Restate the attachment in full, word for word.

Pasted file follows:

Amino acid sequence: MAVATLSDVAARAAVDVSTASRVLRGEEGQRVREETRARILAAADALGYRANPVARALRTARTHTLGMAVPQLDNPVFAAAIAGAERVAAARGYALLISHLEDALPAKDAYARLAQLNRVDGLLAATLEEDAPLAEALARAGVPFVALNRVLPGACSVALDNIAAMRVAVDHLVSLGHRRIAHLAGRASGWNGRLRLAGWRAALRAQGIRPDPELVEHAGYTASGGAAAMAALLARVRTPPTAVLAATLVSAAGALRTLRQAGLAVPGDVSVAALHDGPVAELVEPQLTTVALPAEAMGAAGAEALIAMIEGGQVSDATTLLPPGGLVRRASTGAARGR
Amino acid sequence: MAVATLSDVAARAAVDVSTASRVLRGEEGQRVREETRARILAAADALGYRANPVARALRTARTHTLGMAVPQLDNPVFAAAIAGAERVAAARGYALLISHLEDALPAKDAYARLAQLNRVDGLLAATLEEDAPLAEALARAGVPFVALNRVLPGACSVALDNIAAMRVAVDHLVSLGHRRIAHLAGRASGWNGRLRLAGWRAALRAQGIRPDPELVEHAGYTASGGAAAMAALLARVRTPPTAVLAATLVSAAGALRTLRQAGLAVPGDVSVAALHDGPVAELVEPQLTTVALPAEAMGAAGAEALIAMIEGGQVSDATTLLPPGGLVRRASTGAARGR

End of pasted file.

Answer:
Amino acid sequence: MAVATLSDVAARAAVDVSTASRVLRGEEGQRVREETRARILAAADALGYRANPVARALRTARTHTLGMAVPQLDNPVFAAAIAGAERVAAARGYALLISHLEDALPAKDAYARLAQLNRVDGLLAATLEEDAPLAEALARAGVPFVALNRVLPGACSVALDNIAAMRVAVDHLVSLGHRRIAHLAGRASGWNGRLRLAGWRAALRAQGIRPDPELVEHAGYTASGGAAAMAALLARVRTPPTAVLAATLVSAAGALRTLRQAGLAVPGDVSVAALHDGPVAELVEPQLTTVALPAEAMGAAGAEALIAMIEGGQVSDATTLLPPGGLVRRASTGAARGR
Amino acid sequence: MAVATLSDVAARAAVDVSTASRVLRGEEGQRVREETRARILAAADALGYRANPVARALRTARTHTLGMAVPQLDNPVFAAAIAGAERVAAARGYALLISHLEDALPAKDAYARLAQLNRVDGLLAATLEEDAPLAEALARAGVPFVALNRVLPGACSVALDNIAAMRVAVDHLVSLGHRRIAHLAGRASGWNGRLRLAGWRAALRAQGIRPDPELVEHAGYTASGGAAAMAALLARVRTPPTAVLAATLVSAAGALRTLRQAGLAVPGDVSVAALHDGPVAELVEPQLTTVALPAEAMGAAGAEALIAMIEGGQVSDATTLLPPGGLVRRASTGAARGR